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Even now, no one turns a phrase quite the same way as Bob Dylan.

Music Review: Bob Dylan – Together Through Life

When it comes time to crack the plastic on a new Bob Dylan album every couple of years or so, the thing I always find myself immediately missing is the lyric sheet. Despite being one of musics greatest lyricists ever, Dylan rarely, if ever, includes them.

The fact is — especially at his ripe old age — Bob Dylan has no business being able to turn a great phrase the way he still so effortlessly does. Yet, Dylan's lyrics continue to amaze on his 46th album, Together Through Life, due out this Tuesday from his long-standing label, Columbia.

"I'm listening to Billy Joe Shaver, and I'm reading James Joyce. Some people, they tell me I've got the blood of the land in my voice," Dylan sings on "I Feel A Change Comin' On," one of this album's many standout tracks.

On "My Wife's Home Town" (which happens to be Hell), Dylan croaks out lines like "she can make things bad, she can make things worse, she got stuff more potent than a gypsy curse," with all of the world weariness of a broken down old horse thirsting for one last drop of water to drink. Yet on "If You Ever Go To Houston," he admits that "something always keeps me coming back for more, I know these feelings, I've been here before."

So there is no shortage of lyrical fodder here to keep Dylanologists busy pouring over every line until, well, until the next Dylan album.

Still, Together Through Life doesn't feel anything like the masterpiece that was 2006's Modern Times. There's nothing here with the hell hounds on my trail sort of desperation of "Thunder On The Mountain" or "Ain't Talkin'" — although the best songs on this record, like "Beyond Here Lies Nothin'" and "I Feel A Change Comin' On," come awful close.

On the former, Dylan sings "Beyond here lies nothing, nothing we can call our own," behind a blusey, Tex-Mex flavored arrangement rich in crackling guitars and accordion. On the latter, while Dylan sounds optimistic, the song is measured by caution as evidenced in lines like "everybody got all the flowers, I ain't got one single rose."

In a lot of ways, Together Through Life actually feels like something of a retreat from Modern Times, Love & Theft, and Time Out Of Mind — the so-called "trilogy" of recent albums that many believe marked Dylan's creative resurgence. The bluesy, equal parts Tom Waits and Muddy Waters gravelly vocals that marked those albums are still very much evidenced here. It's just been smoothed around the edges a bit in order to match the more relaxed vibe of the music.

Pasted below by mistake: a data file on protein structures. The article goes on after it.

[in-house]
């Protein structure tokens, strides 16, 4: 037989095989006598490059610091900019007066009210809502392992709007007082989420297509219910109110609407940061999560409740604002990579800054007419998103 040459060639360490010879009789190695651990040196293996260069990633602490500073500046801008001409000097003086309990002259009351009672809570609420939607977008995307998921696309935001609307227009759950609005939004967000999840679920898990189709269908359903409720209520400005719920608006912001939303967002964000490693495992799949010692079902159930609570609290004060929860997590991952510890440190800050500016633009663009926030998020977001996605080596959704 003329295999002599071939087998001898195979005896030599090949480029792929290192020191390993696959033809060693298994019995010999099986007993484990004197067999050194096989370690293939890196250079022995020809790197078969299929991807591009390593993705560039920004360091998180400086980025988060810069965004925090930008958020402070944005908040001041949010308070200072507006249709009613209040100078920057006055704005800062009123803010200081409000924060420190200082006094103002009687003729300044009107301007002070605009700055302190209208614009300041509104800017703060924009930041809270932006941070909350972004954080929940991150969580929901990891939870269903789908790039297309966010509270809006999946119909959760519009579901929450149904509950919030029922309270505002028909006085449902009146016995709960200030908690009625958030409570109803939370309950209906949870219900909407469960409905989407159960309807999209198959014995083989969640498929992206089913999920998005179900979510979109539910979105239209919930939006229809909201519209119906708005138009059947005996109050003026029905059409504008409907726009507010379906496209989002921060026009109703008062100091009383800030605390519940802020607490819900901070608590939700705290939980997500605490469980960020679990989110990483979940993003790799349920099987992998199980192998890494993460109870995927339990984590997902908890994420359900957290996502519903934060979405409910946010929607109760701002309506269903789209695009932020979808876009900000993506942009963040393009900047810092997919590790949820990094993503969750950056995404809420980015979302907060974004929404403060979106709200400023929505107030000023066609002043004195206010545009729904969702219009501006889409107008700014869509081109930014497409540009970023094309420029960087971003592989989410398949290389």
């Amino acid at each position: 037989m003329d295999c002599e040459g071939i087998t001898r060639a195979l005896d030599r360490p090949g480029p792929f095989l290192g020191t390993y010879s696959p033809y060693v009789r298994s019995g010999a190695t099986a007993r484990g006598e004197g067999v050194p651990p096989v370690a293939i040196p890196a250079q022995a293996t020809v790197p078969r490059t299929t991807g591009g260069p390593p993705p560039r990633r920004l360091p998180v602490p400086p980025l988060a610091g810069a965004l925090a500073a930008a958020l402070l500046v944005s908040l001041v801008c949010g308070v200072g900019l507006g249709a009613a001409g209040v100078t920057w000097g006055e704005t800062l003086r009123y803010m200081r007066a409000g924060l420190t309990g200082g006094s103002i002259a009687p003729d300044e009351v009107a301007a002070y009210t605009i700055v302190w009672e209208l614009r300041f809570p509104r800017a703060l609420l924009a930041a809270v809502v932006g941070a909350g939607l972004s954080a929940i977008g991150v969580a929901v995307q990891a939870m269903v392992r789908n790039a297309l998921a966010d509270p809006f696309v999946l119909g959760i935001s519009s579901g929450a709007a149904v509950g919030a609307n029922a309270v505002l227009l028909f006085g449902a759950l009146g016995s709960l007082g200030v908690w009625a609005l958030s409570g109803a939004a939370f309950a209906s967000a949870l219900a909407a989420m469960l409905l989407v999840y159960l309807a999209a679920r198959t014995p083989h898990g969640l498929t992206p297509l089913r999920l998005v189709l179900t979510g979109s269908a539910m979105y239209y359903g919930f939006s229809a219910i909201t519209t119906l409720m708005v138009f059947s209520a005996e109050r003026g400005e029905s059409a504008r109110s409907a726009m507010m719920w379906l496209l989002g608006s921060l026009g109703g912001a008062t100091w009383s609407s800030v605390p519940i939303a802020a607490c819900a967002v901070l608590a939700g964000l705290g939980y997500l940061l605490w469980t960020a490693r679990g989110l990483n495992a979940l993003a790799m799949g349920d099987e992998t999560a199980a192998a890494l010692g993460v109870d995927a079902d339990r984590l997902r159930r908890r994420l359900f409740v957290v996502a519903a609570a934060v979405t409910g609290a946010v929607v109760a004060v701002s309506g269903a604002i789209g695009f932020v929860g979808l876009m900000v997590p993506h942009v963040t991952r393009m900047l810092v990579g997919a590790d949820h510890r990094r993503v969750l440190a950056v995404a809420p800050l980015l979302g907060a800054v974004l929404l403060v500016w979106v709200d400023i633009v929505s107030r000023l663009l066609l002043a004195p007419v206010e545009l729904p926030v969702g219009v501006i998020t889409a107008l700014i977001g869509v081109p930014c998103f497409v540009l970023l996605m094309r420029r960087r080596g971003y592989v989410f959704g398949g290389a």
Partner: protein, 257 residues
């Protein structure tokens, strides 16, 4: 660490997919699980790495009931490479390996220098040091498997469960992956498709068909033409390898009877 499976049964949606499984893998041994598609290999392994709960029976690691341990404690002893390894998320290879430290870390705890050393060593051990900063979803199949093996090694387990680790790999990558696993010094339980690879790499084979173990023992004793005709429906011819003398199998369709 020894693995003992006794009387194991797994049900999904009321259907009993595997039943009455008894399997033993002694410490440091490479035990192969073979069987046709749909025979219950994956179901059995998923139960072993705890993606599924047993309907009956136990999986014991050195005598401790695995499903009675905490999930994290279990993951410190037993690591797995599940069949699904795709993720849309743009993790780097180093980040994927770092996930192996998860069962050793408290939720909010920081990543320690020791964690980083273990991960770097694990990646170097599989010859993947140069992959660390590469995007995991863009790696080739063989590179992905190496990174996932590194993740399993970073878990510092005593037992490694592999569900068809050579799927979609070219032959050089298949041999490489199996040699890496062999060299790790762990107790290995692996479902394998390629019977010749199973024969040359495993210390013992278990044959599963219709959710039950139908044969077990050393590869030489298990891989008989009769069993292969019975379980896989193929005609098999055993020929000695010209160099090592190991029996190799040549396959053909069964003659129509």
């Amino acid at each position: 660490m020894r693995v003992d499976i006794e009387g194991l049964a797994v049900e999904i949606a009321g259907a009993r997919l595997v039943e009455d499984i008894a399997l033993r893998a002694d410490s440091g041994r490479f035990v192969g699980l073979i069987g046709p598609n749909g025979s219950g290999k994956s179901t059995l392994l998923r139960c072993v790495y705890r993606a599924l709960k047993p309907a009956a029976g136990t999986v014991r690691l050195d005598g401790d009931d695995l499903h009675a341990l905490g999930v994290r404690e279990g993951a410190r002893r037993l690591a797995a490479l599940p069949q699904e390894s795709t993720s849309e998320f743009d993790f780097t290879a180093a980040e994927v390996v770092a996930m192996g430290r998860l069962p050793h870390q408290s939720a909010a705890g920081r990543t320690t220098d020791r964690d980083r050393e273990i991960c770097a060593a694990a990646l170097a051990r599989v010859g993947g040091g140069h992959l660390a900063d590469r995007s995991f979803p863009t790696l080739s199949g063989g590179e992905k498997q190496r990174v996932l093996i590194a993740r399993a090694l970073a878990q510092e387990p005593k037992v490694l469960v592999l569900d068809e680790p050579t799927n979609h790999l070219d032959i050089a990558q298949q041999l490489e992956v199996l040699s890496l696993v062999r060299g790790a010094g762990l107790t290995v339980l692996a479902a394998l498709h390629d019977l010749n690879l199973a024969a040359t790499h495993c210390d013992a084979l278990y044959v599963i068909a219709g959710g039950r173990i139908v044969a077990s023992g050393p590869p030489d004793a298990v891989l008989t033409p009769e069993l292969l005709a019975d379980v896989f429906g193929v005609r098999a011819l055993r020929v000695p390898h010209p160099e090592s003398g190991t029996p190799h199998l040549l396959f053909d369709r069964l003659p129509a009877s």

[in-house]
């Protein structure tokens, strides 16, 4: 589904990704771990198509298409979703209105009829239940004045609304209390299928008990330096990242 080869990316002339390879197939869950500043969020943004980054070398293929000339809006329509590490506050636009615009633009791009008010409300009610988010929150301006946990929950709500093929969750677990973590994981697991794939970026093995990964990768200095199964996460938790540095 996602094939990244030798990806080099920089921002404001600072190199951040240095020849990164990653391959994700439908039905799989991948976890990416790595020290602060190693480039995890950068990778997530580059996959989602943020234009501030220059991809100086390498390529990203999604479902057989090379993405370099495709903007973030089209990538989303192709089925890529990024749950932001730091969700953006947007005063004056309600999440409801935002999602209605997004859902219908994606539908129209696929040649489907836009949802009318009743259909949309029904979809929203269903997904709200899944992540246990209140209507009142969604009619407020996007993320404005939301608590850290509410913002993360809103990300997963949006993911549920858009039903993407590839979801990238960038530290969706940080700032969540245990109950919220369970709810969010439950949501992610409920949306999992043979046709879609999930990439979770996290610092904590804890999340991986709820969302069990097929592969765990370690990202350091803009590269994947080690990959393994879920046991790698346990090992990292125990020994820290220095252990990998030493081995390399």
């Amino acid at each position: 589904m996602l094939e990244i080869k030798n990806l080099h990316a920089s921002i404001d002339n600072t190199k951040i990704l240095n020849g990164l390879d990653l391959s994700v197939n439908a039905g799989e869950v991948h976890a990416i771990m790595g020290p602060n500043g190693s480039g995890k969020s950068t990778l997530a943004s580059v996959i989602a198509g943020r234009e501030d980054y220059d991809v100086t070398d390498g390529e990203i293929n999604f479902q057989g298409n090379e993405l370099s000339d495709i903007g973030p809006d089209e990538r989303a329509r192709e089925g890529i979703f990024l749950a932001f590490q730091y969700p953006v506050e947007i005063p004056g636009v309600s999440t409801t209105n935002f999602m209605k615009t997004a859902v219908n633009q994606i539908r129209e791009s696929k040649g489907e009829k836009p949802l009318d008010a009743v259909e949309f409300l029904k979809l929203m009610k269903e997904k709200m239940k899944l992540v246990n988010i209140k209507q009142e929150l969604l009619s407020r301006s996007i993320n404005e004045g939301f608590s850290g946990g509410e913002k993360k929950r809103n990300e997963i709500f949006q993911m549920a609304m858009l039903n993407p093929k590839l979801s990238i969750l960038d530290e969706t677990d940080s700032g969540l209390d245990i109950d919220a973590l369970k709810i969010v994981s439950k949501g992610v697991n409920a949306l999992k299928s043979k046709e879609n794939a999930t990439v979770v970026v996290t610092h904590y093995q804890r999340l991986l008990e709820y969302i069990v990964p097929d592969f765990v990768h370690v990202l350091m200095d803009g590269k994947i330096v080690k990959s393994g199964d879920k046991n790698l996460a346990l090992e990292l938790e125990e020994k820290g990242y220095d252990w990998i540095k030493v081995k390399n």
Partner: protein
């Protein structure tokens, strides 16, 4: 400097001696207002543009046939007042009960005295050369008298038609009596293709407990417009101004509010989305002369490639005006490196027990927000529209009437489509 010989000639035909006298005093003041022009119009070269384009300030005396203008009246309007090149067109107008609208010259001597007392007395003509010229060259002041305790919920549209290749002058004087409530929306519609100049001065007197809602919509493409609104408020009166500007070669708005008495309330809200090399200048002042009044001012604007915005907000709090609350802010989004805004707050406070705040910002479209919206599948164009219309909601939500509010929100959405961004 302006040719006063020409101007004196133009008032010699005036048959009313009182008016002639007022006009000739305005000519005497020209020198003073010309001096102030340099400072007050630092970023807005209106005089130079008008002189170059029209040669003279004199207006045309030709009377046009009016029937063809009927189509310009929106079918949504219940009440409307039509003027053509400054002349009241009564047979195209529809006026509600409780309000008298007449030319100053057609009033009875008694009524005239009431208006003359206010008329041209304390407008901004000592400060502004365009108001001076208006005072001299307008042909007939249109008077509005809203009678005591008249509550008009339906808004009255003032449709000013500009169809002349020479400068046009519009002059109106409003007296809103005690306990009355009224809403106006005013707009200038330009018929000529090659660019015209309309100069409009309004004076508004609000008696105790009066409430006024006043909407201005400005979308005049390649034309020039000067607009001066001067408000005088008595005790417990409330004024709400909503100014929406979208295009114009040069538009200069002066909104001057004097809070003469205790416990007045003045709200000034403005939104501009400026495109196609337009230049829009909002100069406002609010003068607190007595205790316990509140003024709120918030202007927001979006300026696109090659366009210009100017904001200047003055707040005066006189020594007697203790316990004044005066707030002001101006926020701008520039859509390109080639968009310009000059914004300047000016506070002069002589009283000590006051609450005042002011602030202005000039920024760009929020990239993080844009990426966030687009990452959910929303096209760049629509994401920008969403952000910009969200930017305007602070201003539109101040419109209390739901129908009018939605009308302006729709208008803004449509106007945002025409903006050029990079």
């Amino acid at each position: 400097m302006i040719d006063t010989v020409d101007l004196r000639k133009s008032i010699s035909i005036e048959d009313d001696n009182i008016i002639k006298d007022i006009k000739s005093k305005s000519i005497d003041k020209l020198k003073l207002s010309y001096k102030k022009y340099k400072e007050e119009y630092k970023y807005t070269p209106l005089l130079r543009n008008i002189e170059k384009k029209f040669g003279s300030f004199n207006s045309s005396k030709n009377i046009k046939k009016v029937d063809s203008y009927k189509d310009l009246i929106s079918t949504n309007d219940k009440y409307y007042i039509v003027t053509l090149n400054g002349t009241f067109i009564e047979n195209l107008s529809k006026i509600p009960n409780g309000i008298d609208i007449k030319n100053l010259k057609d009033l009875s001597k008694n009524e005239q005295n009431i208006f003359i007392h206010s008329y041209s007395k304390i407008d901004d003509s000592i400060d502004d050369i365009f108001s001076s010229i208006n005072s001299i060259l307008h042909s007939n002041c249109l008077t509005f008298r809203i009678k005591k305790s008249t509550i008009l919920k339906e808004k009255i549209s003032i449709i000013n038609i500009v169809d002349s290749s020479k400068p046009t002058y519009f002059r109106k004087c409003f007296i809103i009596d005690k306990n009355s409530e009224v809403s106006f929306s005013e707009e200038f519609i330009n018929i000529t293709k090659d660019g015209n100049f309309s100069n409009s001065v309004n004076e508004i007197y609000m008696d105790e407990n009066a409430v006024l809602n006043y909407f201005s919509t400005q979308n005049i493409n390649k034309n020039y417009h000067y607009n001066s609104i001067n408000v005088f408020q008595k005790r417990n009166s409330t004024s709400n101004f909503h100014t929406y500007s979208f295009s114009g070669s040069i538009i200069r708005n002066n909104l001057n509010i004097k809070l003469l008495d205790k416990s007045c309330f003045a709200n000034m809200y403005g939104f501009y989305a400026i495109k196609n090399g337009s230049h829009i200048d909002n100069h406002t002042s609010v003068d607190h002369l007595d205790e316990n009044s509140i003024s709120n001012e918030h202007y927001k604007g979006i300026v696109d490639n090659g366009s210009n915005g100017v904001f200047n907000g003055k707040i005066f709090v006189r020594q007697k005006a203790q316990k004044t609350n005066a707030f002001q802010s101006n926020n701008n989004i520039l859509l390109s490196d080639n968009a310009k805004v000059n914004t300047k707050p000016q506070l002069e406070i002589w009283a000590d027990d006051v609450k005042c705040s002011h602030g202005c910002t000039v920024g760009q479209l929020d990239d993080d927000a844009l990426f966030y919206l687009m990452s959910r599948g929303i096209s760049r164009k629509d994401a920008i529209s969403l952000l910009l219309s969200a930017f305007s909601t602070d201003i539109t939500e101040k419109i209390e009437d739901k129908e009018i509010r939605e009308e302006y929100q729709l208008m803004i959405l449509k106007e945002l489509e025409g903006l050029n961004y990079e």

In fact, on songs like the wistful ballad "Life Is Hard," Dylan even rediscovers his upper-register, sounding closer to the countrified sweetness of his Nashville period, than the smokey sounding husk of his more recent work — providing a perfect match for the sweet, dripping-with-mandolins arrangement of the song.

While we are on the subject of Dylan's vocals, the song "Forgetful Heart" is a textbook example of why Dylan is such a great singer. Yes, you heard me right here. Bob Dylan is a great vocalist.

On this song, Dylan shows himself to be a master of the art of vocal phrasing. When he sings the words "Forgetful heart, like a walking shadow in my brain, all night long I lay awake and listen to the sound of pain" before concluding "the door has closed for evermore, if indeed there ever was a door," he bites off each syllable as though his life depended on it.

Fortunately, Dylan lightens up a bit on the very next track. "Jolene" is the sort of juke-joint rock and roll song you might find Chuck Berry doing if he ever crossed paths with somebody like Doug Sahm. Dylan's band — which for this record includes Heartbreaker Mike Campbell and Los Lobos' David Hildago — locks into a great little groove here.

Hildago's accordion work is also quite prominent on tracks like "Beyond Here Lies Nothin'" and "This Dream Of You." On the former it complements the bluesy guitars perfectly, while on the latter it sounds like something that could have just as easily come from the soundtrack to a movie placed somewhere in the border towns of Italy.

"Shake Shake Mama" comes the closest of anything here to the sound of Modern Times, sounding almost like an alternate, slightly slower version of that record's take on "Rollin' And Tumblin'." Yet even here, Dylan's sandpaper-raw vocals take on just that much of a smoother edge — once again, matching the overall more relaxed, far less doomy feel of this record. Maybe Dylan's breathing easier these days with Obama in the oval office, and his predecessor presumably herding sheep back at the ranch in Texas.

Speaking of Obama, its hard to miss the sentiment of "I Feel A Change Comin' On," even if Dylan still concedes that "the fourth part of the day is already gone," in the second part of the chorus. On the following track, "It's All Good," Dylan reduces that most tired of modern day catchphrases to its true meaning when he equates lines where "brick by brick they tear you down, and a teacup of water, is enough to drown" to the ultimate realization that "it's all good."

If Together Through Life is not quite the masterpiece that Modern Times was, it's still a very good record — easily worthy of a four-star rating. In the same way that the apocalyptic feel of Modern Times matched its time, so does this one match the present. Even now, no one turns a phrase quite the same way as Bob Dylan.

About Glen Boyd

Glen Boyd is the author of Neil Young FAQ, released in May 2012 by Backbeat Books/Hal Leonard Publishing. He is a former BC Music Editor and current contributor, whose work has also appeared in SPIN, Ultimate Classic Rock, The Rocket, The Source and other publications. You can read more of Glen's work at the official Neil Young FAQ site. Follow Glen on Twitter and on Facebook.

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